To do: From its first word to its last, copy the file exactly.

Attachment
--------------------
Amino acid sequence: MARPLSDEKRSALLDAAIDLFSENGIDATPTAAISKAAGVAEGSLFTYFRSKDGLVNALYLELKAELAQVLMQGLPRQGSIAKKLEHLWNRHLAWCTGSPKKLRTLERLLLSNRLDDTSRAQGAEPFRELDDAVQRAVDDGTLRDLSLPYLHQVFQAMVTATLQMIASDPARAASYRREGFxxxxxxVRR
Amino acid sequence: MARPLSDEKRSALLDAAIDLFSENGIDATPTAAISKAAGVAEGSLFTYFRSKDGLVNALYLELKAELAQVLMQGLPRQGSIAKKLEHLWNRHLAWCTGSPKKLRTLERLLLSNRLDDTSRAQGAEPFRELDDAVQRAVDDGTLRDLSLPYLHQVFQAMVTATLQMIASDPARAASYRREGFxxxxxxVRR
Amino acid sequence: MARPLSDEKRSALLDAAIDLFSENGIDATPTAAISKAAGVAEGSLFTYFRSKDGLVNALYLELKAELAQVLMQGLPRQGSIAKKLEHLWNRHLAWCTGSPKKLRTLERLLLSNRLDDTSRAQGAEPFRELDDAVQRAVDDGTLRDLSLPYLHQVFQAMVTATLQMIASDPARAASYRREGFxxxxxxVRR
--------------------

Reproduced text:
Amino acid sequence: MARPLSDEKRSALLDAAIDLFSENGIDATPTAAISKAAGVAEGSLFTYFRSKDGLVNALYLELKAELAQVLMQGLPRQGSIAKKLEHLWNRHLAWCTGSPKKLRTLERLLLSNRLDDTSRAQGAEPFRELDDAVQRAVDDGTLRDLSLPYLHQVFQAMVTATLQMIASDPARAASYRREGFxxxxxxVRR
Amino acid sequence: MARPLSDEKRSALLDAAIDLFSENGIDATPTAAISKAAGVAEGSLFTYFRSKDGLVNALYLELKAELAQVLMQGLPRQGSIAKKLEHLWNRHLAWCTGSPKKLRTLERLLLSNRLDDTSRAQGAEPFRELDDAVQRAVDDGTLRDLSLPYLHQVFQAMVTATLQMIASDPARAASYRREGFxxxxxxVRR
Amino acid sequence: MARPLSDEKRSALLDAAIDLFSENGIDATPTAAISKAAGVAEGSLFTYFRSKDGLVNALYLELKAELAQVLMQGLPRQGSIAKKLEHLWNRHLAWCTGSPKKLRTLERLLLSNRLDDTSRAQGAEPFRELDDAVQRAVDDGTLRDLSLPYLHQVFQAMVTATLQMIASDPARAASYRREGFxxxxxxVRR